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October 24, 2011


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’m very pleased to have found this website. Definitely enjoyed reading and I have bookmarked to check out new stuff that you post.Google Redirect

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I am also very attached to my mom .. moms rae tehe bst gift that God has bestowed on us.

Bear Giant

OMG! Your post made me cry and remembered my mom as well. Shes a prolific gardener and have lots of flowers in her garden which I can't have.


I’m very pleased to have found this website. Definitely enjoyed reading and I have bookmarked to check out new stuff that you post.Google Redirect


A lovely memory to share with your readers. You're so right about the way we carry those memories of our family's first gardens *in our bones*. That's exactly how it feels.


When our family first moved here from Buffalo, where winter snow averages 5', the idea of winter flowering plants sounded great to my mom. Her autumnalis cherry used to peep out from under the sequoia like a lace petticoat. No doubt when she planted them both they seemed far enough apart, though now the sequoia can be seen from a plane if the approach to Seatac is from the north and the chronic disease issues which plague cherries here have caused the autumnalis to be cut down and sent on to it's next life, but it's an image that will continue to live in my memory.


What a lovely post. I lost my Dear Mother this year and she also loved gardening. I grow all three plants your Mother loved. Your Mother would be very proud of you. Thanks for sharing. xx


Thanks for sharing these memories. I lost my dad earlier this year so I am having many similar poignant moments when I confront the many interests he had and the ones we shared. I'd like to think that somewhere, somehow, your mom is well aware of how gardening has blossomed in her daughter.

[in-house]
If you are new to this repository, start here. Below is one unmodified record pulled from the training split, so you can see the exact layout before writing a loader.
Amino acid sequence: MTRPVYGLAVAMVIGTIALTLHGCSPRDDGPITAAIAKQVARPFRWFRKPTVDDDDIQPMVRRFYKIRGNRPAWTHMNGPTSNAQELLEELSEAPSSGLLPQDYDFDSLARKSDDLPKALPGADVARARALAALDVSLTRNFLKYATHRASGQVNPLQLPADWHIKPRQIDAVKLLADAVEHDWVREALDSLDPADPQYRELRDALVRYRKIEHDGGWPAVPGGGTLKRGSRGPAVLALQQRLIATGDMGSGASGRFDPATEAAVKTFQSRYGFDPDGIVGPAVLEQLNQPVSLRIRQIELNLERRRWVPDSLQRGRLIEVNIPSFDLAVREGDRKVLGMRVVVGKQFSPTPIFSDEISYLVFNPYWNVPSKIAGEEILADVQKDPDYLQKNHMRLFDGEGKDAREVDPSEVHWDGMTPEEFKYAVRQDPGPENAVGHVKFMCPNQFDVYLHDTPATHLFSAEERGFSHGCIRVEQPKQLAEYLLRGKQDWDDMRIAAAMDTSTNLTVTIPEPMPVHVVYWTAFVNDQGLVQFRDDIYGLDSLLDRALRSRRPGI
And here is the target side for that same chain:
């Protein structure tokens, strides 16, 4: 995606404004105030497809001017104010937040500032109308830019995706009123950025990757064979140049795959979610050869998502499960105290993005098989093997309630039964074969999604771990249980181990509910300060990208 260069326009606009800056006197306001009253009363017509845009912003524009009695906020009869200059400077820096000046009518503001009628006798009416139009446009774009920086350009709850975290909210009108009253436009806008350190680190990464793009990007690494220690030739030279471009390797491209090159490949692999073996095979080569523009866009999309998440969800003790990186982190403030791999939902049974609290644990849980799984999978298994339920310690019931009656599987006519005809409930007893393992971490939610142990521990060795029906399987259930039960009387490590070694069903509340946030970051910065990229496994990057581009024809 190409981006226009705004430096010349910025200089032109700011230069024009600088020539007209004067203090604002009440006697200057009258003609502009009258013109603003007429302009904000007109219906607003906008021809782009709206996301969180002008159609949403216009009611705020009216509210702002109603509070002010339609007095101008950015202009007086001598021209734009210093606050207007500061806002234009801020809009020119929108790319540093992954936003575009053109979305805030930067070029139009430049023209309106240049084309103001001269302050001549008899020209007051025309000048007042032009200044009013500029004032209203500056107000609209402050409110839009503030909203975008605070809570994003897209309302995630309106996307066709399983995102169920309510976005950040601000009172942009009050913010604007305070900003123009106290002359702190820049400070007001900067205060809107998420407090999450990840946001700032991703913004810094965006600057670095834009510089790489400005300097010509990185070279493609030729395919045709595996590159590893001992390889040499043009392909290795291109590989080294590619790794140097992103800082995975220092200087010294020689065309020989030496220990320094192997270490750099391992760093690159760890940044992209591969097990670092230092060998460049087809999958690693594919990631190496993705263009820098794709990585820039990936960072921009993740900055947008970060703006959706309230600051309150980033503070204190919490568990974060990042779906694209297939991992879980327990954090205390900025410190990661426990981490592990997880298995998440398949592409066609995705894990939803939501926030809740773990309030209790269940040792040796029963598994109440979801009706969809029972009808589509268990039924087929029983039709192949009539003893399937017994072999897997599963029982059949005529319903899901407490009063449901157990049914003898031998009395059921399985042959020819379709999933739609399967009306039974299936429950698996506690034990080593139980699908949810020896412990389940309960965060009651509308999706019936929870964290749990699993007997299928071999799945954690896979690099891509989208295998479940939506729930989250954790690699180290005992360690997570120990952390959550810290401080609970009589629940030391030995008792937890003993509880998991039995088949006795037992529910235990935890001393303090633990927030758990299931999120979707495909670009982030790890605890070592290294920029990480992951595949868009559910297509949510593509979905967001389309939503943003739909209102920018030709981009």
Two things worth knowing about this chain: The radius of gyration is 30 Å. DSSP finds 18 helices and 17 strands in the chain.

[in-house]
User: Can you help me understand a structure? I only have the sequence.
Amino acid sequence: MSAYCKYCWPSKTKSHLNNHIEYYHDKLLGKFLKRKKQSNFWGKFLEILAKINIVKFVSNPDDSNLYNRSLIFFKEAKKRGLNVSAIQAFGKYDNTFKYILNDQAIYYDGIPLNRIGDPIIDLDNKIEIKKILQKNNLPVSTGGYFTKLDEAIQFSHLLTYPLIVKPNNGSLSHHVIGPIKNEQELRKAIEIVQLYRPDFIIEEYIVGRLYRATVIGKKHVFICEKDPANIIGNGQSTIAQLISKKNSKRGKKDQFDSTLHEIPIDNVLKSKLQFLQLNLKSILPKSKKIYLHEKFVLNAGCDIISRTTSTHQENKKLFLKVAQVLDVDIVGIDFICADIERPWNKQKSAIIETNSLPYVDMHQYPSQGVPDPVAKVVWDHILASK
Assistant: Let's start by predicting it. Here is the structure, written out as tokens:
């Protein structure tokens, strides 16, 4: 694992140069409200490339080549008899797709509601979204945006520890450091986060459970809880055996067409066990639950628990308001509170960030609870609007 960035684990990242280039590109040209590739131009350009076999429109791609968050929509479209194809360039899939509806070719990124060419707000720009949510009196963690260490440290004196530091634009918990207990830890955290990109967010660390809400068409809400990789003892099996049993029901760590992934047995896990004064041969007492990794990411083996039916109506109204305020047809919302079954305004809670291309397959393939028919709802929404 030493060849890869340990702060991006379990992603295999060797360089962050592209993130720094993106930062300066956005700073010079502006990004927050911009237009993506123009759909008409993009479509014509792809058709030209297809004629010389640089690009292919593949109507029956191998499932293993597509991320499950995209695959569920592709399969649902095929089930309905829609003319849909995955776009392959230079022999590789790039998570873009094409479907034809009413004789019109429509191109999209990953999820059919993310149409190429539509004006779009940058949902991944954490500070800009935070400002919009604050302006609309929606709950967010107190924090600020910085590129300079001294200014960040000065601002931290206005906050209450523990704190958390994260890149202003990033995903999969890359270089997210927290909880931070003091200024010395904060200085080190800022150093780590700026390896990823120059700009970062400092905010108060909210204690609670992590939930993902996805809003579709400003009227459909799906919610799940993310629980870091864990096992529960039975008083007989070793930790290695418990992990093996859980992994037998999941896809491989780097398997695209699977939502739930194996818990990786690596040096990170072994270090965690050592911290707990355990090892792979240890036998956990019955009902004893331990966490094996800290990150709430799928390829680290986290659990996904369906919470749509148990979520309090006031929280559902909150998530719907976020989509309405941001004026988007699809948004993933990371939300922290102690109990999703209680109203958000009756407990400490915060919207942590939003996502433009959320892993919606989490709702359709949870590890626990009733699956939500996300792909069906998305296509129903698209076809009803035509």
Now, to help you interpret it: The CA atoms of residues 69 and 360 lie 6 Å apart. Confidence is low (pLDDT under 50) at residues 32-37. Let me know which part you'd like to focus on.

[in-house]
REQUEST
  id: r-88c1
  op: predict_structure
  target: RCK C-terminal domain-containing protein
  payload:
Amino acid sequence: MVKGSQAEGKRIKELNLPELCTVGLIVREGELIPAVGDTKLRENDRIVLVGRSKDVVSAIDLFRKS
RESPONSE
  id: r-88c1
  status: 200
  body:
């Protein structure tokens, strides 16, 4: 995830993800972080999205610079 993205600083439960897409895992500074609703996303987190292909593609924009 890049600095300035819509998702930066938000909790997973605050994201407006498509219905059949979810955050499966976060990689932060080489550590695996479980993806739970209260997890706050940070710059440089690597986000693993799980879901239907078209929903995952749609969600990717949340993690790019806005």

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New Book: Petal & Twig

  • Petal & Twig Made The New York Times!
    From Anne Raver's review: "Valerie Easton, a Seattle-based garden writer, discusses the art of growing and arranging cut flowers in “Petal and Twig: Seasonal Bouquets With Blossoms, Branches and Grasses From Your Garden” (Sasquatch Books; $16.95). Written as an informal diary, with photographs of arrangements from her own garden, and tips on cutting and keeping flowers fresh, the book inspires ideas not only on what to grow but on how to combine (or not) those beauties inside. See review here: http://www.nytimes.com/2012/03/29/garden/new-books-on-growing-and-arranging-flowers.html?scp=1&sq=petal%20&%20twig%20anne%20raver&st=cse
  • The first reviews on the new book are in! From Publisher's Weekly:
  • "Open your eyes and keep it simple: those are two lessons Easton passes on from her own 40 years in the garden. When selecting and arranging flowers for bouquets, you needn’t spend a bundle buying a bundle of imported flowers.....The result will be unique, local, imaginative, and inexpensive. Color photos throughout illustrate and inspire."

In the News

  • Montreal Blogger Reviews "A Pattern Garden"
    I was so pleased to find that "A Pattern Garden" is still being reviewed...check out Allan Becker's generous review on his Garden Guru blog.. I felt like Allan really understood what I was working towards in that book....he writes...."There is a delightful abstract quality to this publication. In it, the author takes good garden design to a higher, more spiritual level. Instead of discussing the aesthetic and scientific elements of design, as so many traditional garden design books do, she focuses on the role played in garden design by archetypal ideas - a.k.a. patterns - that reference the longings of human beings. These pleasure and comfort-rooted ideas are those that inspire designers to create gardens that are satisfying beyond their beauty." see more at http://allanbecker-gardenguru.squarespace.com/journal/valerie-easton
  • Planting art
    Check out this interview with Val in the Chicago Tribune on using art in the garden...

The New Low Maintenance Garden

  • Reviews Are In....
    "Over the years, countless books have espoused a low-maintenance approach to gardening. None have been as engaging, practical, or inspiring as this latest of Easton's contributions to the gardener's bookshelf,"
    - Pacific Horticulture magazine, Jan/Feb/Mar 2010

    "A handy guide to a garden you can raise without a corresponding increase in your blood pressure..handsome and informative...."
    - Metropolitan Home, Dec. 2009

    "This book is an invaluable addition to the garden library – destined to be a classic for many years to come."
    - Garden Design Online

Photo Credits

  • The banner and portrait photos were taken by Jacqueline Koch; all other photos by Val Easton unless otherwise credited.


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